Hezbollah was formed in 1982 with the stated aim of waging “resistance” against the Israeli occupation of southern Lebanon. Even after Israel completed its withdrawal in 2000, the group has continued its campaign against Israel.
Hezbollah has grown into a formidable political movement with a well-armed paramilitary force known for its prowess in guerrilla warfare and generally thought to be stronger than Lebanon’s army. But the foray into Syria is uncharted territory for a group used to fighting on the defensive.
“Hezbollah’s survival depends on them not backing the wrong horse, and they’ve tied their fate to Assad,” said Nadim Shehadi, an analyst at the London-based Royal Institute of International Affairs. “It’s a huge risk.”
The Shiite movement’s rhetoric of fighting the Zionist enemy has expanded to lambasting “takfiris,” extremist Sunni Muslims who Nasrallah says constitute the Syrian opposition and are backed by Israel and the United States.
But some observers say Nasrallah’s argument that Hezbollah is fighting its longtime enemy Israel by sending men to Syria is a tenuous one.
“He’s underestimating the tolerance of his constituency,” Shehadi said. “The narrative is very difficult to swallow.”
In the Beirut neighborhood of Nabaa on Thursday, Mohammad Hajj Hasan, a rare Shiite politician who speaks out against Hezbollah, gathered other “independent Shiites” and representatives of rival parties. Under armed guard, they discussed how to put up a valid opposition and prevent the country’s Shiites from becoming politically and socially isolated in the backlash against Hezbollah’s engagement in the Syrian conflict.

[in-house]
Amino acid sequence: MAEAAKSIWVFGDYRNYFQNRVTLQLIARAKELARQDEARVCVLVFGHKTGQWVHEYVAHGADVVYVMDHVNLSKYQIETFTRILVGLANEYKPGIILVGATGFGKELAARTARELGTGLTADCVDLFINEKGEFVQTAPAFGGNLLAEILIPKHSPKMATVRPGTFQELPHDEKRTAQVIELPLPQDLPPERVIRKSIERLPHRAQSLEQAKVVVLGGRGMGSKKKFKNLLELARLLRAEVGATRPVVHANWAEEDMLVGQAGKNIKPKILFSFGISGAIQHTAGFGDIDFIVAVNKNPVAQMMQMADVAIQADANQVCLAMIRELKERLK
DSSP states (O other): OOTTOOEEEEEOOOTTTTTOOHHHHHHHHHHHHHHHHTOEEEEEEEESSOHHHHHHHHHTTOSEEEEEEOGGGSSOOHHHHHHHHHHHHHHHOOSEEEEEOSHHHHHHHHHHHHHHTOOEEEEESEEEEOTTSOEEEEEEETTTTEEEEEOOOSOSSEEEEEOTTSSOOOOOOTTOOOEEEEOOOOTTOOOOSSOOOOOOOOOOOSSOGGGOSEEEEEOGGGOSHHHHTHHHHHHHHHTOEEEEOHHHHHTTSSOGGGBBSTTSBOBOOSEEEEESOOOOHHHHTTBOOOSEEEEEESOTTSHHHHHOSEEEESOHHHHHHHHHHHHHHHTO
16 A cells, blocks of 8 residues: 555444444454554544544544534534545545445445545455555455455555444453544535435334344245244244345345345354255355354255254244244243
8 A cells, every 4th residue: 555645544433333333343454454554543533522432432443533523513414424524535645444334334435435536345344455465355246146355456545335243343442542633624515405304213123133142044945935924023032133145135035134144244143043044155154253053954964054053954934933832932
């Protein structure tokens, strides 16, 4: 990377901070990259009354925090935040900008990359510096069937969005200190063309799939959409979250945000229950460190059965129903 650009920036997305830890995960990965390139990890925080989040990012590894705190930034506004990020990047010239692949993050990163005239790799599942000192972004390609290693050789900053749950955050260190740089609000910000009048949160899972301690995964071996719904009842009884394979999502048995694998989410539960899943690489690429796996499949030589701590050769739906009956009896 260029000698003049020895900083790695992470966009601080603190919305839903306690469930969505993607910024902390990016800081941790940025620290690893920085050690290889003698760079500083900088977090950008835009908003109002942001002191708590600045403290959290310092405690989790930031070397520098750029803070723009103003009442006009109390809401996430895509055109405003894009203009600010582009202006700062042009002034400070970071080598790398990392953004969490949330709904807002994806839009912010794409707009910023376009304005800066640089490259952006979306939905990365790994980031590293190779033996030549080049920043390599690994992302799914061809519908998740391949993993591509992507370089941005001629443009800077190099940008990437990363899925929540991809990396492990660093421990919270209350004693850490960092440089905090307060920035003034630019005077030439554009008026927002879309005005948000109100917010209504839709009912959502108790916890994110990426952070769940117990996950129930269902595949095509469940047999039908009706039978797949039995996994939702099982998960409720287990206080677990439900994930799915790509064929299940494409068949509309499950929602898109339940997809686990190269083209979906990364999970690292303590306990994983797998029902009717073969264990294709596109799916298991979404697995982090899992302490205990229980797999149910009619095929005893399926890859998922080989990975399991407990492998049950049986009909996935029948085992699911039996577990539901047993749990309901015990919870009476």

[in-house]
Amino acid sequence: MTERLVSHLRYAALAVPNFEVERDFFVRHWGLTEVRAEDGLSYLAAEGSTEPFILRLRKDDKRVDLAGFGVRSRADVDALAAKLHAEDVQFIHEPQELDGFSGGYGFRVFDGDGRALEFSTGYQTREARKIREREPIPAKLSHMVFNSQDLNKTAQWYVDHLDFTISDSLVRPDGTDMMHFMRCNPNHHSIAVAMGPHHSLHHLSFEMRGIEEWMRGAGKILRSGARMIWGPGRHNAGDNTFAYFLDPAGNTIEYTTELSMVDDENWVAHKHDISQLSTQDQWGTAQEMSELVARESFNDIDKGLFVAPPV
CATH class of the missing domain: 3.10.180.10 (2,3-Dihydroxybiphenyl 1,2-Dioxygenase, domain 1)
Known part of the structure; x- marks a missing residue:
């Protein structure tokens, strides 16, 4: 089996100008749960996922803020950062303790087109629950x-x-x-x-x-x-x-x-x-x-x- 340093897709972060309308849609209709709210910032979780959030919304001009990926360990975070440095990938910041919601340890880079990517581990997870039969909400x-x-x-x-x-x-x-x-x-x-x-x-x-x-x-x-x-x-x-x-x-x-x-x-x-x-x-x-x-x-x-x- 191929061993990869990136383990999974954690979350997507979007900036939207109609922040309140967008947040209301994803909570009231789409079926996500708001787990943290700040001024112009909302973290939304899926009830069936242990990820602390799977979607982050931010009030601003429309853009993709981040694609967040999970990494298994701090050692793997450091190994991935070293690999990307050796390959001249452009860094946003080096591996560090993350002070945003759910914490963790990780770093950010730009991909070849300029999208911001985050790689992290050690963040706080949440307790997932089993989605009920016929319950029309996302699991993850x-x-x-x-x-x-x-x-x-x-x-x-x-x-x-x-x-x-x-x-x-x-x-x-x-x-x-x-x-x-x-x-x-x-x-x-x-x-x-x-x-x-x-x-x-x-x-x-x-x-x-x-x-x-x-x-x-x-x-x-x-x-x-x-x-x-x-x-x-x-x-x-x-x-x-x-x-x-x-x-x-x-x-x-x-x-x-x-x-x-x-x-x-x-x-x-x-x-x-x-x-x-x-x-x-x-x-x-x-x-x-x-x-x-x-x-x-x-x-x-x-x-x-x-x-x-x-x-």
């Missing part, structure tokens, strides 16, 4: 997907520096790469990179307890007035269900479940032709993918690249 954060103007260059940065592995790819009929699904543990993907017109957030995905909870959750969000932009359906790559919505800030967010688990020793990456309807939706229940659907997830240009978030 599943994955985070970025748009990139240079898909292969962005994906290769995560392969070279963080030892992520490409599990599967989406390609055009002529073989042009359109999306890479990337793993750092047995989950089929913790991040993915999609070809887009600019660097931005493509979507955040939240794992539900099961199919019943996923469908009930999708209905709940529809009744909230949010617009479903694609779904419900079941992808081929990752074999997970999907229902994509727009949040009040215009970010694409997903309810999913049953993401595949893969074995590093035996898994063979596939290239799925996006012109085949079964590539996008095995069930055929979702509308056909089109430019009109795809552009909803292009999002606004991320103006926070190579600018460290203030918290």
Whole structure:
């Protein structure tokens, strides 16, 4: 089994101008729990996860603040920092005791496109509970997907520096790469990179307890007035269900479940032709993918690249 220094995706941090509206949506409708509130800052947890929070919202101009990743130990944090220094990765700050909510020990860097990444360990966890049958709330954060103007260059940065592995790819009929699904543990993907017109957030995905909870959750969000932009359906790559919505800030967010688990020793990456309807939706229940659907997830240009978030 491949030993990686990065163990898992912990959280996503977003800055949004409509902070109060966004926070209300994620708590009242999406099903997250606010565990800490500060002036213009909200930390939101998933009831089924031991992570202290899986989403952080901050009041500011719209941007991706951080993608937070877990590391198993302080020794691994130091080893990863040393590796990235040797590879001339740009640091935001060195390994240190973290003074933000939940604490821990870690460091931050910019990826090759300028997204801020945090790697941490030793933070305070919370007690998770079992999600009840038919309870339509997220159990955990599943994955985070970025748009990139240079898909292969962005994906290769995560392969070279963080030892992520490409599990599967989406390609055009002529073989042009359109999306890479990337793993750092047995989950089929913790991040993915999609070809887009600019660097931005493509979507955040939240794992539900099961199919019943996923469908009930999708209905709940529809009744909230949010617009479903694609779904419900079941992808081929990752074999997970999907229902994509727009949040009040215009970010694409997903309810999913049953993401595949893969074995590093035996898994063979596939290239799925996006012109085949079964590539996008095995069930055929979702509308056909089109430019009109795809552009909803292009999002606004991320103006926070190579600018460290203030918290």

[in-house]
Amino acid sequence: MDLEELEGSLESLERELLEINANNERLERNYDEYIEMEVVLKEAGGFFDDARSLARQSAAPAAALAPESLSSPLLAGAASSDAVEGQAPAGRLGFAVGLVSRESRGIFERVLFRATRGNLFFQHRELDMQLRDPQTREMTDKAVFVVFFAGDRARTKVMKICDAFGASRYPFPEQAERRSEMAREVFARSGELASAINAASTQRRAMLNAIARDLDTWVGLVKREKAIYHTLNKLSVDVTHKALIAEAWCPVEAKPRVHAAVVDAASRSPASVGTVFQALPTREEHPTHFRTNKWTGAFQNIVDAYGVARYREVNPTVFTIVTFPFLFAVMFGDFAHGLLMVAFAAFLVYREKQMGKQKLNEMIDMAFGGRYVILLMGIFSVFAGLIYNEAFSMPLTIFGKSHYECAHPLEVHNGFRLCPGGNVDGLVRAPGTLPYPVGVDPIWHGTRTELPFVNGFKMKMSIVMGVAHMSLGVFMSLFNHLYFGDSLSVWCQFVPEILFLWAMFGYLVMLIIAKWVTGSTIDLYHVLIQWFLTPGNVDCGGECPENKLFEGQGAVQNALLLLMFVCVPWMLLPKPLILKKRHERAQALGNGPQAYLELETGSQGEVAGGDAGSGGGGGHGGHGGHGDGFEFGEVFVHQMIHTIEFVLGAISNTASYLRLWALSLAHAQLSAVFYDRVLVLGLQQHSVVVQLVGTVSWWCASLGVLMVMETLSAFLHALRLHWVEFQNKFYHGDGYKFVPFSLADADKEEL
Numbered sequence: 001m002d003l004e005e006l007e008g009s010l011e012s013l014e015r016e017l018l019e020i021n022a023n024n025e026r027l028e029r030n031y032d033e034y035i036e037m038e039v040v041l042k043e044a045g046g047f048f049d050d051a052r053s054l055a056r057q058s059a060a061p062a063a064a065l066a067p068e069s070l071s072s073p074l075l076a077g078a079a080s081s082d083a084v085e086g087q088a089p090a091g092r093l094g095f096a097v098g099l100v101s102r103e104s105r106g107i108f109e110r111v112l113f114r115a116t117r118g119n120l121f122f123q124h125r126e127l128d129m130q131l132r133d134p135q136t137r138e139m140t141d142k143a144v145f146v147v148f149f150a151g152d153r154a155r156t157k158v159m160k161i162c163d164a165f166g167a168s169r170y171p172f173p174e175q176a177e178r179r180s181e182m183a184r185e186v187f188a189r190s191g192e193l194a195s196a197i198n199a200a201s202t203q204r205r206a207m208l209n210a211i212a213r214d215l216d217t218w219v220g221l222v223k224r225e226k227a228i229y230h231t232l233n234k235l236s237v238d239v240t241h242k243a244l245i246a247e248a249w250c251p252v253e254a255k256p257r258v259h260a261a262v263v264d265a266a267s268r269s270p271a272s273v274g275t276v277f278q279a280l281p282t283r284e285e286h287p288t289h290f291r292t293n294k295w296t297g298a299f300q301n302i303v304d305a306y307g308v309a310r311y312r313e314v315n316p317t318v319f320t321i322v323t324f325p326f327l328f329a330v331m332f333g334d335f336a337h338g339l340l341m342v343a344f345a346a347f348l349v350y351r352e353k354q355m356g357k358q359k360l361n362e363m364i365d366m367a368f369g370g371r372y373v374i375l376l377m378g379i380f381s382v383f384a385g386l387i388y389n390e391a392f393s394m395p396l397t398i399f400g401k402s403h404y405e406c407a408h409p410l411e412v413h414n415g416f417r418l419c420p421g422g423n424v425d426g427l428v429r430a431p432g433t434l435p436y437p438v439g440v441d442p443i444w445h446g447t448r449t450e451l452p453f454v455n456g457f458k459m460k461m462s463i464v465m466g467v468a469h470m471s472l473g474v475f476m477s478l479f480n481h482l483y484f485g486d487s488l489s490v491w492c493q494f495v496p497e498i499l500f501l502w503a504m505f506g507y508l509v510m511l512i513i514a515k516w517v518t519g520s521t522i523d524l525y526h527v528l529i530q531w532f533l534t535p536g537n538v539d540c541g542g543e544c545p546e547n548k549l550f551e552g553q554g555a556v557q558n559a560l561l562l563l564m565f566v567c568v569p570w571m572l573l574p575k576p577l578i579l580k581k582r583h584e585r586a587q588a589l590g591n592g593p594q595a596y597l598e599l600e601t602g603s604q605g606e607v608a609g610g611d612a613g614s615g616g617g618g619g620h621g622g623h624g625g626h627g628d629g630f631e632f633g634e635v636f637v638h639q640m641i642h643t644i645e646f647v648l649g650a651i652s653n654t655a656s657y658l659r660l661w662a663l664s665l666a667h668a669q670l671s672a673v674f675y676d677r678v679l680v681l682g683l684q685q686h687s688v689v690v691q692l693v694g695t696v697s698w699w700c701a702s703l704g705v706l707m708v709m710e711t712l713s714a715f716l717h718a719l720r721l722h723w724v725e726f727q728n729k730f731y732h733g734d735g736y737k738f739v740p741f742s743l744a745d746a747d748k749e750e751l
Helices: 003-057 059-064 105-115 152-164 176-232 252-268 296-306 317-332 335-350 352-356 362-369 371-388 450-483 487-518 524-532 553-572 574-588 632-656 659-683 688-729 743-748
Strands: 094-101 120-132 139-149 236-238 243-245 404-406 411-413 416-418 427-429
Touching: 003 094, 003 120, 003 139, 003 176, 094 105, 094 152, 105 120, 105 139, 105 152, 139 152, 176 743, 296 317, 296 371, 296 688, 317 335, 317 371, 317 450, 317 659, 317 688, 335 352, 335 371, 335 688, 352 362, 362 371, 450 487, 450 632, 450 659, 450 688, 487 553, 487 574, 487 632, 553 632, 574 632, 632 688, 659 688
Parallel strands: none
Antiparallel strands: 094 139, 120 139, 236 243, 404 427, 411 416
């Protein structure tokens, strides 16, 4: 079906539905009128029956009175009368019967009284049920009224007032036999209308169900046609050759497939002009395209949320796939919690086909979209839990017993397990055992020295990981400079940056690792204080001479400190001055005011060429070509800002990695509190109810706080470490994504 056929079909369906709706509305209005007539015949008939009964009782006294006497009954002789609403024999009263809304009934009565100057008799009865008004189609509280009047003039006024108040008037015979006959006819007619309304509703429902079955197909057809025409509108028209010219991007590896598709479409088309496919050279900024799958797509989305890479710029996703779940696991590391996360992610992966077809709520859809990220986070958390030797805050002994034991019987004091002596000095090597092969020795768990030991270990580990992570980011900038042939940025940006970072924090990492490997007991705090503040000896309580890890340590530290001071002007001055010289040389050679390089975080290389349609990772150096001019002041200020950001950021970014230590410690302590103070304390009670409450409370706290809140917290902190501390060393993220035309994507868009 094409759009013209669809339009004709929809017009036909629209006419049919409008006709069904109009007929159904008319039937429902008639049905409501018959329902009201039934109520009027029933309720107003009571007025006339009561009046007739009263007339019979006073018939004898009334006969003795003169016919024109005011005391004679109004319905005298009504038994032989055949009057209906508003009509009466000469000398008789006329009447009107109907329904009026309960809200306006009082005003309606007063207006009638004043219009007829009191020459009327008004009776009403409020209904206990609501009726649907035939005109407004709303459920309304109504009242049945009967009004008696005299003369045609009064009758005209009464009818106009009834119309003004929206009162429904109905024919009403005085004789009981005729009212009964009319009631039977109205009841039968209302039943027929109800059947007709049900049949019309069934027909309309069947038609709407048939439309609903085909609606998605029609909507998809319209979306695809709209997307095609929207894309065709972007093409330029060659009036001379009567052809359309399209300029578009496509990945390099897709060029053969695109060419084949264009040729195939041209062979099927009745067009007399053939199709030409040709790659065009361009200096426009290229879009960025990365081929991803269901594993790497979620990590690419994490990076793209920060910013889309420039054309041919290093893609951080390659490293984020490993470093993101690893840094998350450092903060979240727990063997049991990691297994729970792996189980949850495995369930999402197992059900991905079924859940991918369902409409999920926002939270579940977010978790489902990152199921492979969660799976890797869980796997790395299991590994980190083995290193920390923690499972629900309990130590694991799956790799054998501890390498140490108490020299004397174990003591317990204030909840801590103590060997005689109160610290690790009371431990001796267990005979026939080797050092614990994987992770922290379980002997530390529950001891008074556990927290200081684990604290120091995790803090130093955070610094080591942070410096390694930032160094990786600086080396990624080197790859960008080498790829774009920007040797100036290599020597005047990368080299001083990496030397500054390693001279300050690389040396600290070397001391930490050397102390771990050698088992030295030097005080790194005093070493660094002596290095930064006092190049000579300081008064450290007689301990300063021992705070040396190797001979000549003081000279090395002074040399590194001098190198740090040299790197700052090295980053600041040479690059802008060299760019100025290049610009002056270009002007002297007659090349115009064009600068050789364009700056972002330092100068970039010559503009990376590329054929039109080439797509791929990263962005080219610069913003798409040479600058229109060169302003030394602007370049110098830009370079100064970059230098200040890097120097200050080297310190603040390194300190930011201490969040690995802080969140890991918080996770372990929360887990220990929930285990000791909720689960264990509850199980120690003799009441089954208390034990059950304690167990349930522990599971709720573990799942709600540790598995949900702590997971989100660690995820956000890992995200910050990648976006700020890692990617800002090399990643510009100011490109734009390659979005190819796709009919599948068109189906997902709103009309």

But they were realistic about what can be achieved. Charbel Eid, a representative of the largely Christian Lebanese Forces party, said that Hezbollah’s support from Christian and Druze allies, with which it forms the most powerful bloc in Lebanese politics, may slip away but that its impassioned support base will be less easily moved.
“It will take months before there is a real change in the opinion of the Shiite community,” he said.
The mission in Syria is likely to be lengthy. Rebels and a senior Hezbollah commander said over the weekend that thousands of fighters are deep inside the country, near the northern city of Aleppo.
“Hezbollah has made the calculation it will be there for a long time . . . maybe a year,” said a commander in the movement who spoke on the condition of anonymity because he is not authorized to talk to the news media.
Hezbollah at first played down persistent rumors that its men were deployed in Syria. But as it dug in to secure Shiite villages in the vicinity of the strategic town of Qusair late last year, the coffins that returned home became difficult to hide. The trickle of caskets increased to a steady flow after the battle for Qusair began in earnest two weeks ago.